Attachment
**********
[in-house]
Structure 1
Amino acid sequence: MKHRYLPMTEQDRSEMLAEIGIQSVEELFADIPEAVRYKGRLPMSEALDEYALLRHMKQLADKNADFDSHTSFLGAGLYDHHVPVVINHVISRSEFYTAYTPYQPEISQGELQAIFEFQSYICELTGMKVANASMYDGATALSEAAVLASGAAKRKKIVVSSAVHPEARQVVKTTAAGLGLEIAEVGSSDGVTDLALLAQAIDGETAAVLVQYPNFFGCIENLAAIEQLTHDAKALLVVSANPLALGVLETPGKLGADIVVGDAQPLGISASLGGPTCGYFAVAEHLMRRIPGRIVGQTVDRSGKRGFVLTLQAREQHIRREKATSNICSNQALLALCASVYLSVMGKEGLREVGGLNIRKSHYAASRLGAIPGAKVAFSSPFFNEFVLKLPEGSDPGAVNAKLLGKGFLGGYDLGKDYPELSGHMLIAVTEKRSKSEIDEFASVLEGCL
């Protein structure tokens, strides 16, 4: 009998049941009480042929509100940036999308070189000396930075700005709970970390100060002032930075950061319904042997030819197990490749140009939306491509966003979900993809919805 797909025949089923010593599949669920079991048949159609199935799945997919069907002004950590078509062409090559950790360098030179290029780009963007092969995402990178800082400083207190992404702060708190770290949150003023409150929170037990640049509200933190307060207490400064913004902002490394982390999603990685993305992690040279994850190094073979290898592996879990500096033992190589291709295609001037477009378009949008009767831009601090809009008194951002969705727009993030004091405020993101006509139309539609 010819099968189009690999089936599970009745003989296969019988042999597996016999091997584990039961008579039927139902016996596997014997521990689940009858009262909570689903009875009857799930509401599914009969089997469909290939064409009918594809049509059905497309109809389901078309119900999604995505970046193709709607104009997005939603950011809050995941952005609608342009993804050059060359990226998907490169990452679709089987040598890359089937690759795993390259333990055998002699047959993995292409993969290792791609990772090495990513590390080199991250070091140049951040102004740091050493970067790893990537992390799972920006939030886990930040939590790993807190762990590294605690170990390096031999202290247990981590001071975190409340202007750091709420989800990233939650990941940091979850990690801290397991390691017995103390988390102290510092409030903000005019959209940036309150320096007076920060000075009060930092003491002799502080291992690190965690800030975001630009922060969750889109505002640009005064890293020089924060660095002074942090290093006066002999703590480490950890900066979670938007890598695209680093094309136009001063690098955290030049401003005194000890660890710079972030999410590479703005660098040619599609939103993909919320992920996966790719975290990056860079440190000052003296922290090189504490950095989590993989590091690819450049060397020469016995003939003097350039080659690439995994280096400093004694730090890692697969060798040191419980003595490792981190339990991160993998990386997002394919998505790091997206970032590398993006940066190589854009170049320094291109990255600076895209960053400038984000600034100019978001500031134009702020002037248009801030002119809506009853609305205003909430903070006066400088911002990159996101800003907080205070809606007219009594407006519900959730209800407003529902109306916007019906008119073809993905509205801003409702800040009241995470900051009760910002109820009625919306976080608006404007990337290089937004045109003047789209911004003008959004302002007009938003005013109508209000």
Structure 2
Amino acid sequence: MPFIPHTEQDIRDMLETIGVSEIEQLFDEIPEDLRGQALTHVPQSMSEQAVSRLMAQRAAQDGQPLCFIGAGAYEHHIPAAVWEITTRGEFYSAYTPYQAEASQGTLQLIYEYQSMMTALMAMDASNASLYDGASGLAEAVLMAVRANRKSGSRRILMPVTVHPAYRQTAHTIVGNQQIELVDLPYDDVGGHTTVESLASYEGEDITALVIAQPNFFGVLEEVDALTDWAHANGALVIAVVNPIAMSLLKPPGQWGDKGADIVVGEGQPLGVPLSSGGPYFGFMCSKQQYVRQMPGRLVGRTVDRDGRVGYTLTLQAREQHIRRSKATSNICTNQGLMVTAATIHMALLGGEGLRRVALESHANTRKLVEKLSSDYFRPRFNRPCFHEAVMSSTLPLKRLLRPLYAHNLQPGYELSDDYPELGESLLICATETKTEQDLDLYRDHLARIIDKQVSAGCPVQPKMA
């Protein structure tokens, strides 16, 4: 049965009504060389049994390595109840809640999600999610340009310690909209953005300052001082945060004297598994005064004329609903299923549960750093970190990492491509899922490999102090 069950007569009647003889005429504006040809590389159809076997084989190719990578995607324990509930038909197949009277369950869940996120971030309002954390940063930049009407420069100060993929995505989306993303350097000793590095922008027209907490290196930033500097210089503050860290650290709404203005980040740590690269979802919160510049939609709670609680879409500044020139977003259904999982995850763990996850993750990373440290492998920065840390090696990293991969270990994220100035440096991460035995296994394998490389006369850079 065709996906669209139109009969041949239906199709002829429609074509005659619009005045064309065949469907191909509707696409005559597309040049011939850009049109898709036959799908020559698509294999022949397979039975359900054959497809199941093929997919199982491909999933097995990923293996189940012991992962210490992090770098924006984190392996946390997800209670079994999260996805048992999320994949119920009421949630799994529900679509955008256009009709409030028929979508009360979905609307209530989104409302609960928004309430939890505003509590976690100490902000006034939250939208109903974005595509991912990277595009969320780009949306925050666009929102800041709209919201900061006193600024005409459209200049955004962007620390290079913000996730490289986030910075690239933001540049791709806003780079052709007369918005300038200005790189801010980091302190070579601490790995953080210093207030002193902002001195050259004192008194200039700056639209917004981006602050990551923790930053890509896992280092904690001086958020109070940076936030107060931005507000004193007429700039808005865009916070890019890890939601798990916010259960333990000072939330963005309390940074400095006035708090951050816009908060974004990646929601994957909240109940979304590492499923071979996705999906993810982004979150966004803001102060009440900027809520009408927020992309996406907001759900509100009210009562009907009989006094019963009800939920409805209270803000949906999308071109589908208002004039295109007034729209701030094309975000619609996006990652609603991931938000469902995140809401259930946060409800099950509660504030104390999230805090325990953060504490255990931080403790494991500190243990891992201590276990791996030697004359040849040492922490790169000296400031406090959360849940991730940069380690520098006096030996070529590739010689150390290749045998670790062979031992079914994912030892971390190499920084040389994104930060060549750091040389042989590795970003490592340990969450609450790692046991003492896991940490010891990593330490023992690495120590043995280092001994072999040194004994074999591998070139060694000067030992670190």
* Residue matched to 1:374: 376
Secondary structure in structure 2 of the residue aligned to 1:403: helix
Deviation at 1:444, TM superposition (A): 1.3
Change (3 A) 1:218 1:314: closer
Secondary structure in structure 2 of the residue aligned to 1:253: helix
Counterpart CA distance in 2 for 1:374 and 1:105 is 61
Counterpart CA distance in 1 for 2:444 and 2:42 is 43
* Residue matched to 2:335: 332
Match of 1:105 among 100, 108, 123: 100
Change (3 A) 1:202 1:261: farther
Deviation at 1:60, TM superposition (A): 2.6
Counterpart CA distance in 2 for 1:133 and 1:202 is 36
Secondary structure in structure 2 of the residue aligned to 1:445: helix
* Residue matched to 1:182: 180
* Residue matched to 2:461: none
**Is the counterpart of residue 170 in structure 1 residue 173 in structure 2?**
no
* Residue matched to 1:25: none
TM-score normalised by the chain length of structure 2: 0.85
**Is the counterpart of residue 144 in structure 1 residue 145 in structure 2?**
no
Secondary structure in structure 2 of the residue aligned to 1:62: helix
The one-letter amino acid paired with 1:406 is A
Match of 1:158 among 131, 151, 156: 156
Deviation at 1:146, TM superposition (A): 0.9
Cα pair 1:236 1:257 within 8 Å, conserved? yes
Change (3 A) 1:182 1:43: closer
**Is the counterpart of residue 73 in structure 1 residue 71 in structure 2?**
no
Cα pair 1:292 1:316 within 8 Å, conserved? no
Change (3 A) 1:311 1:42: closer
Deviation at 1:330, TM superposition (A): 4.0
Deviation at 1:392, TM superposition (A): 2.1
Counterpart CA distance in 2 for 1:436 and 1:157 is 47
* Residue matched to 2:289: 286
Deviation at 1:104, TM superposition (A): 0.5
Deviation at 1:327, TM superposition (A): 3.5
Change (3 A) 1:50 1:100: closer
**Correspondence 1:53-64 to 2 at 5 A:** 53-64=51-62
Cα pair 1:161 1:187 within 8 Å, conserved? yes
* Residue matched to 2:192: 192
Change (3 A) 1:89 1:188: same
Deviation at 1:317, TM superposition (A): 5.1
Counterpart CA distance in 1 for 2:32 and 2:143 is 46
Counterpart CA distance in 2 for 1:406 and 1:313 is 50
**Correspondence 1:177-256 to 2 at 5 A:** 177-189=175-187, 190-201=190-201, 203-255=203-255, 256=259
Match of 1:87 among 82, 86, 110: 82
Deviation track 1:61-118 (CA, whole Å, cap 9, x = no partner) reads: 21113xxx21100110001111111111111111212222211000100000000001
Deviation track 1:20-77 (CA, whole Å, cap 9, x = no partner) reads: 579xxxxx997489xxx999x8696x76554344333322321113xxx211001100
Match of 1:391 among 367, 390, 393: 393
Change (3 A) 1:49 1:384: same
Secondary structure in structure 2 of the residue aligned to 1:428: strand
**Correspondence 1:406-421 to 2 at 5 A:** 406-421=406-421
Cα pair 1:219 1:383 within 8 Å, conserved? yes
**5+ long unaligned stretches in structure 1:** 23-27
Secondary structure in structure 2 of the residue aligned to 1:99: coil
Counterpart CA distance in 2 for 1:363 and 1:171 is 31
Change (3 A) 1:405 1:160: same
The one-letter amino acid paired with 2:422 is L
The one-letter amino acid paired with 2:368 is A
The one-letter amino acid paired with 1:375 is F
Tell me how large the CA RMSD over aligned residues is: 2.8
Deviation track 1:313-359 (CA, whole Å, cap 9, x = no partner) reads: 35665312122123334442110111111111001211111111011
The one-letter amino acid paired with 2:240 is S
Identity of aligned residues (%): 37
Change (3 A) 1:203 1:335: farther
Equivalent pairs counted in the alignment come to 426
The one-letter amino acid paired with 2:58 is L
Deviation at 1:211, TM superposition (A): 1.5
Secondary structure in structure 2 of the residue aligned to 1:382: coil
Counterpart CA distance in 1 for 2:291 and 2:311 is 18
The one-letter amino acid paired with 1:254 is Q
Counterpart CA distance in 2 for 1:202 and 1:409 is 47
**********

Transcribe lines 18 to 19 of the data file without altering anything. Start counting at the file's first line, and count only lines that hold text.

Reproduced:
Deviation at 1:60, TM superposition (A): 2.6
Counterpart CA distance in 2 for 1:133 and 1:202 is 36